Social Capitalism and
the Rise of a Global Equity Culture
by Patrick F. Mahoney
Founder & CEO, Energy Answers International
A REVIEW OF
World Inc.: When It Comes to Solutions — Both Local and Global — Businesses Are Now More Powerful Than Government
Reviewed May 29, 2007
In World Inc., the sixth published book by Bruce Piasecki, Ph.D., one finds a vivid description, with real, understandable examples from the more progressive of the many multinational corporations, of an important phenomenon which has been described as Social Capitalism, "the Global Equity Culture."
A point that he makes early — that "51 of the 100 largest economies in the world are corporations" — is surprising and properly sets the foundation for his contention that multinational corporations are best capable of improving global quality of life and solving large-scale social problems.
Dr. Piasecki suggests that benefiting society has become increasingly important to profitability — and he is writing this book not as a mere observer of a trend. He has been one of the key initiators and communicators of a new global corporate understanding that problems can be solved and avoided, that crises need not develop, and that negative impacts can be mitigated if corporations adopt a proactive approach to analyzing and understanding the social, economic, and environmental consequences of their business activities and actions. What progressive corporations are finding is that this understanding can even improve the bottom line to the point where corporate governance decisions have become profit enhancers.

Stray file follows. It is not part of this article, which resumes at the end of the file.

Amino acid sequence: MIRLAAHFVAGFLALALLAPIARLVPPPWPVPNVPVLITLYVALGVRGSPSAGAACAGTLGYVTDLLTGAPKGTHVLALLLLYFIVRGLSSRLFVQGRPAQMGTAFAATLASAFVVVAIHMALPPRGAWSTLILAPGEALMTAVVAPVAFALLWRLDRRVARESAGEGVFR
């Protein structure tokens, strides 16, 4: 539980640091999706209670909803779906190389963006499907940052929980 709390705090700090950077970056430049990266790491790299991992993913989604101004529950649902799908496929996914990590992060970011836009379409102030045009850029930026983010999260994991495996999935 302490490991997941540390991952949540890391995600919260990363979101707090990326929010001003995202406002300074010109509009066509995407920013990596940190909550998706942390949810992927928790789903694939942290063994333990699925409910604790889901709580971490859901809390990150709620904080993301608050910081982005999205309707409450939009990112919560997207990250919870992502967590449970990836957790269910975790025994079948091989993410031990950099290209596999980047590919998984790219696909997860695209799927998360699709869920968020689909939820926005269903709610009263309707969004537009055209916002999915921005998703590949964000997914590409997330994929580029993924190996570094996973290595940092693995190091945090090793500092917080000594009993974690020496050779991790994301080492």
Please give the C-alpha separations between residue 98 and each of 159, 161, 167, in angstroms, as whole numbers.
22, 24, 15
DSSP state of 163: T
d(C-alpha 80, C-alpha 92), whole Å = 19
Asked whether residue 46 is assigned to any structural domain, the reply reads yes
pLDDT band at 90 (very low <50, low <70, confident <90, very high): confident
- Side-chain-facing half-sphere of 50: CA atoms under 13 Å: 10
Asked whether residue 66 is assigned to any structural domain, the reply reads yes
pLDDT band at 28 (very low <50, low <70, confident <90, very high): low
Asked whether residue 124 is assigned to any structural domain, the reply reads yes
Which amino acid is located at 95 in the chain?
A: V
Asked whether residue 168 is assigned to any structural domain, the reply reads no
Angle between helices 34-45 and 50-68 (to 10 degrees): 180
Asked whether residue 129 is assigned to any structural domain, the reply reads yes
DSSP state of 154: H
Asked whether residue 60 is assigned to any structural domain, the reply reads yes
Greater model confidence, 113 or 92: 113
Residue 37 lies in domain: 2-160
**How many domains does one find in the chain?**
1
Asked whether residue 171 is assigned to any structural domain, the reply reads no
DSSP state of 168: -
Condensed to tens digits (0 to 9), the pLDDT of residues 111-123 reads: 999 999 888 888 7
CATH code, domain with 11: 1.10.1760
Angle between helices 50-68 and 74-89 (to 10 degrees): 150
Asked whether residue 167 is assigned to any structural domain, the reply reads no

The author teaches this to the eager leaders of new departments, created by multi-nationals, called directors of social research and corporate governance, environmental health and safety directors, and chief environmental officers of some of the world's largest corporations. His enthusiasm for the unexpected benefits accruing to a company as an unintended consequence of a positive corporate business action that helps to solve a social and/or environmental problem is genuine and contagious. His great respect for those companies that have recognized their power to induce positive change and have made socially responsible governance a factor, even a driver, of their decision-making process is an encouragement for others to emulate their actions.
In his semi-annual conferences, from which he draws a great deal of the material for this book, Bruce brings together business leaders committed to improving the environment. He stimulates and challenges each individual to recognize the potential they have to initiate profound positive change. He shares examples of outstanding achievements as well as slow steady progress, of corporations that demonstrate good corporate governance by accepting a broader responsibility and that, as a result, realize significant economic dividends.
In his unique benchmarking conferences, Dr. Piasecki has invited Tom Chappell (Founder & CEO of Tom's of Maine) and Bob Stillert (CEO of Green Mountain Coffee) to address the corporate governance leaders of DuPont, BP, Arcadis, Dayton Power & Light, Chevron, FMC, the US Air Force, etc. "For what purpose?" one might ask; for the same purpose that he wrote World Inc.: to illustrate the economic benefits of addressing social concerns and to inspire others to evolve in that direction.
Evolution at Its Best